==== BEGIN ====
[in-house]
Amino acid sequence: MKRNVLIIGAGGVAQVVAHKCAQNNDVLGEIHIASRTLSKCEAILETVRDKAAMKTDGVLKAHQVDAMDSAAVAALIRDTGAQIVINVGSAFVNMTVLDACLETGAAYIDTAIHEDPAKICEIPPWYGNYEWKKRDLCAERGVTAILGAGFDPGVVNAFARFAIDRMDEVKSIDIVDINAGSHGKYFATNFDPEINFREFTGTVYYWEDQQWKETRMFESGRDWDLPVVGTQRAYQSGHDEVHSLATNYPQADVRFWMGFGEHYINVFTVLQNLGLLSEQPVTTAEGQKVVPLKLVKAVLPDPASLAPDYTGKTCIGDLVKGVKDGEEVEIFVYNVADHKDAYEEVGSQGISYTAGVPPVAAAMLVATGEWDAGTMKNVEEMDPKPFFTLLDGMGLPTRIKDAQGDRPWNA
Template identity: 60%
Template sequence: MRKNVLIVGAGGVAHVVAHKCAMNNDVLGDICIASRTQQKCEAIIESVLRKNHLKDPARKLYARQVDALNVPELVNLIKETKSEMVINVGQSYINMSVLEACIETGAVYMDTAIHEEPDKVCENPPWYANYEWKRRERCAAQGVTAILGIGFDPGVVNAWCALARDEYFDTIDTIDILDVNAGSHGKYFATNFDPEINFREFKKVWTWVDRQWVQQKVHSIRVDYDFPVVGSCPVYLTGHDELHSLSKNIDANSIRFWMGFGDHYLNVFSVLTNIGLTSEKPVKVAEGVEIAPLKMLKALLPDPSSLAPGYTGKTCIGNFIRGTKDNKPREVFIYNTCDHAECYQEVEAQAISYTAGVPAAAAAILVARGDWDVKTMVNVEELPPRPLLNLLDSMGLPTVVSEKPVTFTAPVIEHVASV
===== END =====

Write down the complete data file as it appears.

[in-house]
Amino acid sequence: MKRNVLIIGAGGVAQVVAHKCAQNNDVLGEIHIASRTLSKCEAILETVRDKAAMKTDGVLKAHQVDAMDSAAVAALIRDTGAQIVINVGSAFVNMTVLDACLETGAAYIDTAIHEDPAKICEIPPWYGNYEWKKRDLCAERGVTAILGAGFDPGVVNAFARFAIDRMDEVKSIDIVDINAGSHGKYFATNFDPEINFREFTGTVYYWEDQQWKETRMFESGRDWDLPVVGTQRAYQSGHDEVHSLATNYPQADVRFWMGFGEHYINVFTVLQNLGLLSEQPVTTAEGQKVVPLKLVKAVLPDPASLAPDYTGKTCIGDLVKGVKDGEEVEIFVYNVADHKDAYEEVGSQGISYTAGVPPVAAAMLVATGEWDAGTMKNVEEMDPKPFFTLLDGMGLPTRIKDAQGDRPWNA
Template identity: 60%
Template sequence: MRKNVLIVGAGGVAHVVAHKCAMNNDVLGDICIASRTQQKCEAIIESVLRKNHLKDPARKLYARQVDALNVPELVNLIKETKSEMVINVGQSYINMSVLEACIETGAVYMDTAIHEEPDKVCENPPWYANYEWKRRERCAAQGVTAILGIGFDPGVVNAWCALARDEYFDTIDTIDILDVNAGSHGKYFATNFDPEINFREFKKVWTWVDRQWVQQKVHSIRVDYDFPVVGSCPVYLTGHDELHSLSKNIDANSIRFWMGFGDHYLNVFSVLTNIGLTSEKPVKVAEGVEIAPLKMLKALLPDPSSLAPGYTGKTCIGNFIRGTKDNKPREVFIYNTCDHAECYQEVEAQAISYTAGVPAAAAAILVARGDWDVKTMVNVEELPPRPLLNLLDSMGLPTVVSEKPVTFTAPVIEHVASV